Tuesday, June 11, 2013

Aggregate Space Summer Writer-In-Residence

Miscellaneous chapbooks

I'm delighted to announce that I'll be the Aggregate Space Writer-In-Residence this summer. I'm honored to be the first participant in the artist-run space's new program and I'm looking forward to my time in West Oakland! (For readers unfamiliar with Aggregate Space, I recommend reading Kelly Inouye's interview with Conrad Meyers II and SD Willis in SFAQ. As Inoyue writes, Meyers and Willis "basically created a gallery, artist studios, metal and wood fabrication shop, small theater, and office space out of an empty warehouse.")

During the residency, I'll consider "Cinderscape," artist Jaime Lakatos' solo show at Aggregate Space (which will be on view during my tenure), and will post my reflections here on HH. Per the residency's requirement, I will also be producing a chapbook; in fact, I plan to create two.

For readers unfamiliar with chapbooks, the term is defined by the American Heritage Dictionary (4th Edition) as "a small book or pamphlet containing poems, ballads, stories, or religious tracts." As writer Marko Fong explains in a short essay about the history of the form,
"If an ordinary person in the 16th century wanted to share a broadside, a ballad, poems, nursery rhymes, or stories, the options were limited. Alongside the printers who produced those King James Bibles with the gold-leaf edging, leather covers, hand-stitched bindings, and smear-free ink, a 'people’s' medium for publication emerged that,

- Didn’t have a binding or hard cover

- Was made by folding sheets of low-quality paper multiple times (32 pages or 5 folds came from this tradition) and was physically smaller than a printed book

- Used quick-inexpensive production and printing techniques (illustration was limited to simple woodcuts) with low quality ink on cheap paper. [...]

These were 'chapbooks.' The Middle English word for 'cheap' was 'ceap.' They sold for anywhere from two to twelve pence a copy and instead of being sold through booksellers were distributed in pubs, on street corners, at markets, and other public gatherings by a new sort of peddler called a 'chapman.' The form became phenomenally successful. Because few examples of early chapbooks survive, we forget how much more prolific the chapbook publishing industry was than its bound-book brother."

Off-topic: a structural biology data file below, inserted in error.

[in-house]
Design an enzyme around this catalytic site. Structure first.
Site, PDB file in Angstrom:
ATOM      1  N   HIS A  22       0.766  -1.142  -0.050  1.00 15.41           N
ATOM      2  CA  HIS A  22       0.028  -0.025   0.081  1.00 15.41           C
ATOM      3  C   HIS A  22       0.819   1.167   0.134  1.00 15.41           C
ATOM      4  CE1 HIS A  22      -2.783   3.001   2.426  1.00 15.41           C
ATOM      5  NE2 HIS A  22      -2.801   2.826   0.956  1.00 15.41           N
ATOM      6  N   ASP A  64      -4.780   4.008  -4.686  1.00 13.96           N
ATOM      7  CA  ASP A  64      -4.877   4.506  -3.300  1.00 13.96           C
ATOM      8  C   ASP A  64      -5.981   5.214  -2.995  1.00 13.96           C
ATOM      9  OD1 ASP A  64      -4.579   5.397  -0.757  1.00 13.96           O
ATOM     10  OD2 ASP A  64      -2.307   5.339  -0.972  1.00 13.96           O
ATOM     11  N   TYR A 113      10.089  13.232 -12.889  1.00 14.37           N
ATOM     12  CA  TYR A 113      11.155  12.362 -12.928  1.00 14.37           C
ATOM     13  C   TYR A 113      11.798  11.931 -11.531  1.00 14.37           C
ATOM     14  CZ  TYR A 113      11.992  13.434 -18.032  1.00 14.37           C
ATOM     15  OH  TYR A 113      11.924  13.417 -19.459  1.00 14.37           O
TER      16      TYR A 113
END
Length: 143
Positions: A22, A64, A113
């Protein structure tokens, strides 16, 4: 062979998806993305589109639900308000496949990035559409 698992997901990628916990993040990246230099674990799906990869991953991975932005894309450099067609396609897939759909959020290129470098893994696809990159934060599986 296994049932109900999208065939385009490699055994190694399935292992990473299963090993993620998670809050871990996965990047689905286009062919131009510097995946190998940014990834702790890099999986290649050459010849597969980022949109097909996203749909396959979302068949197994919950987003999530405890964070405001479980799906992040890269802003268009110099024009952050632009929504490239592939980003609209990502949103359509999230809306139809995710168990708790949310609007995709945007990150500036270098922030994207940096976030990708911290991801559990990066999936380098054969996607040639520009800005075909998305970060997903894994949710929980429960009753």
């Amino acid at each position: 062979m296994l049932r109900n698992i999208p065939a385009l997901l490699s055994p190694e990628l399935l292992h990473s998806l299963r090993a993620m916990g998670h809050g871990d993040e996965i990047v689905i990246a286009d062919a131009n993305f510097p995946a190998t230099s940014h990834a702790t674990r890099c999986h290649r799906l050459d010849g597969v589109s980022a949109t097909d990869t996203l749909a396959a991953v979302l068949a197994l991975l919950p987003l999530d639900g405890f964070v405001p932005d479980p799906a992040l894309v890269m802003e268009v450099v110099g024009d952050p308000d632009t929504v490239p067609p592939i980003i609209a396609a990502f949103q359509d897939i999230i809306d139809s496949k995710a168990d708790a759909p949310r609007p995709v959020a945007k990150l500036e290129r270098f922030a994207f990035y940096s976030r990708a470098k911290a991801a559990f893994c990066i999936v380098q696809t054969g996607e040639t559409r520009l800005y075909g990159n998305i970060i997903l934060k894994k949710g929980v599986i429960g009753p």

When I hear the term, I think of the American Revolution. In particular, I think of the ideologue and rabble-rouser Thomas Paine. (Paine's famous populist manifesto, Common Sense, is generally described as a pamphlet, but the distinction between chapbooks and pamphlets is nominal.) So what's the contemporary analogue of Common Sense?

The enthusiasm for zines and literary chapbooks in some cultural corners is noteworthy (maybe even growing), but not far-flung, and I don't think there's a printed heir apparent. For over a decade, however, commentators have cast blogs in that role. I used to reject the comparison because chapbooks are generally associated with inexpensive distribution whereas blogging and blog reading require investment in expensive hardware and Internet service subscriptions. Nevertheless, my thinking has evolved. Recent Pew data suggests that over 75% of the United States' population owns a desktop or laptop computer and between 25-30% own e-book readers and/or tablets. As computers continue to become more affordable and Internet access becomes ubiquitous (here and abroad), digital content will become increasingly accessible. Twitter and other social media platforms are often mentioned in the context of the "Arab Spring," but blogs also played their part in the revolutionary wave that surged (and continues to surge) through the Arab world. It's therefore reasonable to describe some of the Egyptian bloggers as latter-day Thomas Paines (with respect to their roles as inciters and chroniclers of revolution, at least; they'd be hard pressed to equal Paine as a writer).

I have more modest aspirations; the two chapbooks I plan to produce while at Aggregate Space will not foment revolution. I'm merely interested in using the residency as an opportunity to experiment with a form new to me. I want to create two digital chapbooks that can be freely distributed online, but are formatted especially for reading on tablets and e-book readers. Both will be heavy on photographs and text, and I may incorporate video, if relevant. One of the two projects will sample from my old commonplace books, a cousin of the chapbook and a form of journaling that should be fun to document and celebrate. The second chapbook will explore my relationship to and experiences with the killing of other animals; it will likely include a series of vignettes from my childhood as well as photos taken by my father (during the 1970s and 1980s) and me.

More details as the project moves forward.

Image credit: photograph ripped from The Center for Book Arts website

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